Interpenetrating Financial Results Hospira
Business and Management
Submitted By trips
Interpreting Financial Results: Hospira Investor Relations
Jose De Jesus Farelas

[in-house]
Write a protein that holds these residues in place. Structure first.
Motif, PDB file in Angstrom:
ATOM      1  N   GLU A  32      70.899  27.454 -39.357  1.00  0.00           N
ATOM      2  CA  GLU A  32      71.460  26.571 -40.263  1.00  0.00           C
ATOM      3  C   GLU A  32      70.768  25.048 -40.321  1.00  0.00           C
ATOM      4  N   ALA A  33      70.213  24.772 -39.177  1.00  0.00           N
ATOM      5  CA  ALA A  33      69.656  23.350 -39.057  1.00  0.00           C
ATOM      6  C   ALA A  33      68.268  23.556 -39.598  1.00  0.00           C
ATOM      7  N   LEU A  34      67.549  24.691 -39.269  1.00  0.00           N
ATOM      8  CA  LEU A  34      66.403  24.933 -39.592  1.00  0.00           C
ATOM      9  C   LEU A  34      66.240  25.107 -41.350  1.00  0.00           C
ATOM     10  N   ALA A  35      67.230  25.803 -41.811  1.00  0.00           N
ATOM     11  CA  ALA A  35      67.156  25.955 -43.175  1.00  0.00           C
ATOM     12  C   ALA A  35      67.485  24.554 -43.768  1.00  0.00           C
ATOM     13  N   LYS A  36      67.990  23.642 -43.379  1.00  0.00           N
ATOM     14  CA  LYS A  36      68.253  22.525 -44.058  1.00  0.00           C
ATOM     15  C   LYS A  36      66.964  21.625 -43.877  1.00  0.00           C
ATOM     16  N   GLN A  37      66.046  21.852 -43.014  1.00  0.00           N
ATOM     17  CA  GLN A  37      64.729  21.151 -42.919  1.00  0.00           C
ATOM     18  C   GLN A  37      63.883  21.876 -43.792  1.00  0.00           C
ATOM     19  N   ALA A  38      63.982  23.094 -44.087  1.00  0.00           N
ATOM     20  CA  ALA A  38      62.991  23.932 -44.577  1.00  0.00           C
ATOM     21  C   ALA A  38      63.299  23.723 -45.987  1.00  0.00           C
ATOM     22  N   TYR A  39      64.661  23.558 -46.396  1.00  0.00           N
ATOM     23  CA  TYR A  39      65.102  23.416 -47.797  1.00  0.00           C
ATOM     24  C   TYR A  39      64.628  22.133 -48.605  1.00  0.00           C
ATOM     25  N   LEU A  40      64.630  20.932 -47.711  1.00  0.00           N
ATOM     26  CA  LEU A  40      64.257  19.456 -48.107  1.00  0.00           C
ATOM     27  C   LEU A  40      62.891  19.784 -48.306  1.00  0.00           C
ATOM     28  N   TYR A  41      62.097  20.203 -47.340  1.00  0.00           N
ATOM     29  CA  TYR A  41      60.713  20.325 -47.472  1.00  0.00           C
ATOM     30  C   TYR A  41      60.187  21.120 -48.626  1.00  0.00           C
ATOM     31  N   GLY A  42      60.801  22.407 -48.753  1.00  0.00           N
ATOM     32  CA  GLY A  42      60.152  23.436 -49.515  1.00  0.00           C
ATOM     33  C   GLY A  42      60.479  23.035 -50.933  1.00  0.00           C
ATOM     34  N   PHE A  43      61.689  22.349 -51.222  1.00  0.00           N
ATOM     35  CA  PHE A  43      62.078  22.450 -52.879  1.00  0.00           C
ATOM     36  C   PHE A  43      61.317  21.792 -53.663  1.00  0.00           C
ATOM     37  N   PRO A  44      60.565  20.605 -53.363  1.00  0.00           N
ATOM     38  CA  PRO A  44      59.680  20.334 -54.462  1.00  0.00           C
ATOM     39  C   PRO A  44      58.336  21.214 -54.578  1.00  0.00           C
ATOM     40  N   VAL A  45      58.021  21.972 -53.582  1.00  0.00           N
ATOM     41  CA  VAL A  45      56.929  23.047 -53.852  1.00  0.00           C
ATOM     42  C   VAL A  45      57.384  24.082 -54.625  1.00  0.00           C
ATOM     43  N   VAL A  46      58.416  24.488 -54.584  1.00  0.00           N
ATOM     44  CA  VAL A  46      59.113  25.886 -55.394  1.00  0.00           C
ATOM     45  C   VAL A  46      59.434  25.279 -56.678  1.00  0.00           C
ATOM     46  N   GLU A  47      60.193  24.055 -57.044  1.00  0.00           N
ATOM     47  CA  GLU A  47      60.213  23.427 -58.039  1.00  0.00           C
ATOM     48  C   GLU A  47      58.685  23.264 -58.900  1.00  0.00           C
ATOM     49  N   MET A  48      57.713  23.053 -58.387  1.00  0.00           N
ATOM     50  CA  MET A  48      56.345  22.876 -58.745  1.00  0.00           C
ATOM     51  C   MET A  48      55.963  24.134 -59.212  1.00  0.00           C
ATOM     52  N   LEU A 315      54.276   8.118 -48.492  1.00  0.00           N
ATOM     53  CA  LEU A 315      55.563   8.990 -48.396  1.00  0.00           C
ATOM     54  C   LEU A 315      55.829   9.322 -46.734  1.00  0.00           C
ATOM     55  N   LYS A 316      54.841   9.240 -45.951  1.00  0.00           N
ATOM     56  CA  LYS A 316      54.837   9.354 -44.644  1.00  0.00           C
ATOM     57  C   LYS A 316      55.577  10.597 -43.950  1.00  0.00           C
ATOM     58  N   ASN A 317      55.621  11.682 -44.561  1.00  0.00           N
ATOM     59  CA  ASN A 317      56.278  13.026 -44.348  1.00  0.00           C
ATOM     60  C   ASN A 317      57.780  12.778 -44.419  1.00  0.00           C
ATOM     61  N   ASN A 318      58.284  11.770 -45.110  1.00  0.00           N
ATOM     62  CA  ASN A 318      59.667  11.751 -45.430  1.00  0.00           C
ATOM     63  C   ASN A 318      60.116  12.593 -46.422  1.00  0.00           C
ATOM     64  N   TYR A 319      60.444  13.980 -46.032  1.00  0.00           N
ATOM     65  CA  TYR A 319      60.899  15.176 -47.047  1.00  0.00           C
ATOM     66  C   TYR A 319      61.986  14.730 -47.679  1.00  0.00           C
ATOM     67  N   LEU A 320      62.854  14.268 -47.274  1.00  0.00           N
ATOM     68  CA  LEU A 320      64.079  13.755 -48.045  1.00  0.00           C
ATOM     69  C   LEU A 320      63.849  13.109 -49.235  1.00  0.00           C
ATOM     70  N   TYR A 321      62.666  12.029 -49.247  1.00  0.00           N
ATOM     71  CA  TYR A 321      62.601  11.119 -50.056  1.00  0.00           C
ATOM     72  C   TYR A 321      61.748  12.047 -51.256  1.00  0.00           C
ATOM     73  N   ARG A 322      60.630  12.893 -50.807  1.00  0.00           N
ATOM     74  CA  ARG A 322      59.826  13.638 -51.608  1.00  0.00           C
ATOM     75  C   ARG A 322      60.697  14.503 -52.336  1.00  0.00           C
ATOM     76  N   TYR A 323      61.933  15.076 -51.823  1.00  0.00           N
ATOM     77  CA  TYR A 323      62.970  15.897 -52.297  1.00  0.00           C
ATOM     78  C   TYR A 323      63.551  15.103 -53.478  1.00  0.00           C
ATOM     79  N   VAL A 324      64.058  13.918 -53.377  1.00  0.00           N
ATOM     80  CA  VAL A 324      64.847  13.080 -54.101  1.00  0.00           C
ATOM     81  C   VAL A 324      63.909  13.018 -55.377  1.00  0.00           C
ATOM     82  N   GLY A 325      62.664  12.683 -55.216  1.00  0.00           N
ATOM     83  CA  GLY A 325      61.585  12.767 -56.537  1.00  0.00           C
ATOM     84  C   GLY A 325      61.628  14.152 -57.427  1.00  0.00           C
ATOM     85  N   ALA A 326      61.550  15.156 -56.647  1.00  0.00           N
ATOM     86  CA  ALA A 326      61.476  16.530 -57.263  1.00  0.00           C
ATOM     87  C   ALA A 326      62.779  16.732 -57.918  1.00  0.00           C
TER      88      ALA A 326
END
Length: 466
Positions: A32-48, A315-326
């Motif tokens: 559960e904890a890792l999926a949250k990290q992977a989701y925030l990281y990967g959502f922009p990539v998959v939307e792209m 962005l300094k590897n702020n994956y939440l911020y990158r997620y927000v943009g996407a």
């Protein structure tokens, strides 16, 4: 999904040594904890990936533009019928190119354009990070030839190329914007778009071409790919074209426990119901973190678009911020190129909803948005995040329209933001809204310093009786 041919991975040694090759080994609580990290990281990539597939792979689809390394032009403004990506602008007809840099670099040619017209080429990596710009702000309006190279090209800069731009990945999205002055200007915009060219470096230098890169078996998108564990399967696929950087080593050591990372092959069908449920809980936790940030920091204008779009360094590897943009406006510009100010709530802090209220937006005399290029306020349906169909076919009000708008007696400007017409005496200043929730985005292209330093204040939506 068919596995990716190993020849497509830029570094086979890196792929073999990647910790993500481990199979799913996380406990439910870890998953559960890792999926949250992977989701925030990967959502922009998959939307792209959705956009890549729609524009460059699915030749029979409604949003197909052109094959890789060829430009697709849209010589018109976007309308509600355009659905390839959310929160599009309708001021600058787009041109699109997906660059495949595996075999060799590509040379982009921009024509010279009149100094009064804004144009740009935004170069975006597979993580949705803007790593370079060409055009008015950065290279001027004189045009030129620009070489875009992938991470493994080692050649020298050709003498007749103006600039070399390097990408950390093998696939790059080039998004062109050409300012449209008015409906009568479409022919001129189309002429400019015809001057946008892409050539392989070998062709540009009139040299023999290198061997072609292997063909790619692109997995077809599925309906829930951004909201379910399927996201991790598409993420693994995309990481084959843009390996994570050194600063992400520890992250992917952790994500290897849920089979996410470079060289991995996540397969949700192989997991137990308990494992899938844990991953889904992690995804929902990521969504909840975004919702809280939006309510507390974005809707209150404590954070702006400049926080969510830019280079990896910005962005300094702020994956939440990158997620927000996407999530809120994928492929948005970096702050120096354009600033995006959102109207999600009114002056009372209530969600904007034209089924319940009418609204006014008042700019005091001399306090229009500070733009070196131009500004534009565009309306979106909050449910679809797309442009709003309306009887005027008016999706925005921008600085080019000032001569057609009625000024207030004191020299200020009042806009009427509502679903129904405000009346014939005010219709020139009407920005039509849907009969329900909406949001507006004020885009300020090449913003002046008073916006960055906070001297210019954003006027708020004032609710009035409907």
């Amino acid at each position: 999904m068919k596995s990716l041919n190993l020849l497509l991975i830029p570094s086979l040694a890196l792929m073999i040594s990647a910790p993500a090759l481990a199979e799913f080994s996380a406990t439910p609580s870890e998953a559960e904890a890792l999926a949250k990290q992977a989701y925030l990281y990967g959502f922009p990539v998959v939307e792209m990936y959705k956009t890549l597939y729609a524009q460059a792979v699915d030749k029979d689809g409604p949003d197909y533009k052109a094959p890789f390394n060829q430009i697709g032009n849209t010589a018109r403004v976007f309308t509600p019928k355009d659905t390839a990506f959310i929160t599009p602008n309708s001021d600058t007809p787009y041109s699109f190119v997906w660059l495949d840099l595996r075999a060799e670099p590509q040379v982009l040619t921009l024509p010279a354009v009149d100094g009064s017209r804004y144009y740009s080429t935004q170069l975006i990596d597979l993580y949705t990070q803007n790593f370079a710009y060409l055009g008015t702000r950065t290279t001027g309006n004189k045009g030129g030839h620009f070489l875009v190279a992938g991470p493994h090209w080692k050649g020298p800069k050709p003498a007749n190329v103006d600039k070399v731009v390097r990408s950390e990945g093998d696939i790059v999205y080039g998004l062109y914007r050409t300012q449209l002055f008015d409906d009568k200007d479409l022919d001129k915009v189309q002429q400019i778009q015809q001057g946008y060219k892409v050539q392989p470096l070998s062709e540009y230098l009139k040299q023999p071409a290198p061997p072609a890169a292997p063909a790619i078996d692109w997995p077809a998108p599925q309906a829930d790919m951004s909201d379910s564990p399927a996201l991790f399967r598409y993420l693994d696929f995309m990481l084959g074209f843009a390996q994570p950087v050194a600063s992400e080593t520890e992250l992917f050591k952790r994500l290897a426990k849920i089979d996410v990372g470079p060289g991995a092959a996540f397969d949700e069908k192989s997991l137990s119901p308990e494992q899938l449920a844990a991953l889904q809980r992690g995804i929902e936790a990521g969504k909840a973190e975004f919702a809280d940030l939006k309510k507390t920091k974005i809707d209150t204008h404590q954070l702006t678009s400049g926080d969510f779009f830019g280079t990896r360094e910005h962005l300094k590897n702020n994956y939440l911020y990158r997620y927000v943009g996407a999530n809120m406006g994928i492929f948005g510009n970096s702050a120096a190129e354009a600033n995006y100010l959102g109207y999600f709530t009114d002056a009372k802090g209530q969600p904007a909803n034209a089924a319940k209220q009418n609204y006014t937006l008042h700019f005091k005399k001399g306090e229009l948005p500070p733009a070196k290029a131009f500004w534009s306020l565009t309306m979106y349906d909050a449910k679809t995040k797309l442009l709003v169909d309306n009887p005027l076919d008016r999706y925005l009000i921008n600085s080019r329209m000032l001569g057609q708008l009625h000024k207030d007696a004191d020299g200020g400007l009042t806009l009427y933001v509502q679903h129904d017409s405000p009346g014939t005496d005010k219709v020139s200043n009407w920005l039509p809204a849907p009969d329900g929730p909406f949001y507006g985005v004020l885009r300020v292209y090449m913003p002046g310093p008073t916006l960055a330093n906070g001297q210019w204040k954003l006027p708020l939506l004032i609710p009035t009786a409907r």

Financial ratio analysis is an important tool to use when understanding your organization’s health. Some of the most-important ratios to use would be short-term liquidity ratios and the profitability ratios. In this paper, I will go over the current ratio, gross profit margin, net profit margin, return on assets, and return on equity. I will then explain how these ratios effect my chosen organization which is Hospira Investor Relations, and explain how they compare to the historical data as well as the companies benchmarks. Current ratio measures how well the firm can pay off it’s obligations. The past three years of Hospira Investor Relations the current ratios are 2013 2.44 times, 2012 2.68 times, and 2011 3.03 times. This means that in 2011 Hospira had an easier time paying off its obligations than 2012 and 2013. This is because the company’s liabilities were not as high in 2011 compared its 2012 and 2013 terms. In order to receive a better understanding of the company's profits, these profitability ratios must be used. The gross profit margin, net profit margin, return on assets, and return on equity. The gross profit margin is the total amount of sales done after cost of goods are sold. For Hospira, the gross profit margin for 2013 was 27.56%, in 2012 it was 29.14%, and in 2011, the gross profit margin was 34.68%. As you can see, Hospira has been losing profit since 2011 to 2013 with 2011 being its best year in sales. The net profit margin are the amount of sales that are remaining after the firm's expenses. In 2013 Hospira net profit margin was .2%, in 2012 the profit margin was 1%, and in 2011, the profit margin was .2%. From this data, it seems that Hospira has been having trouble profiting between these years. The firm's best year was...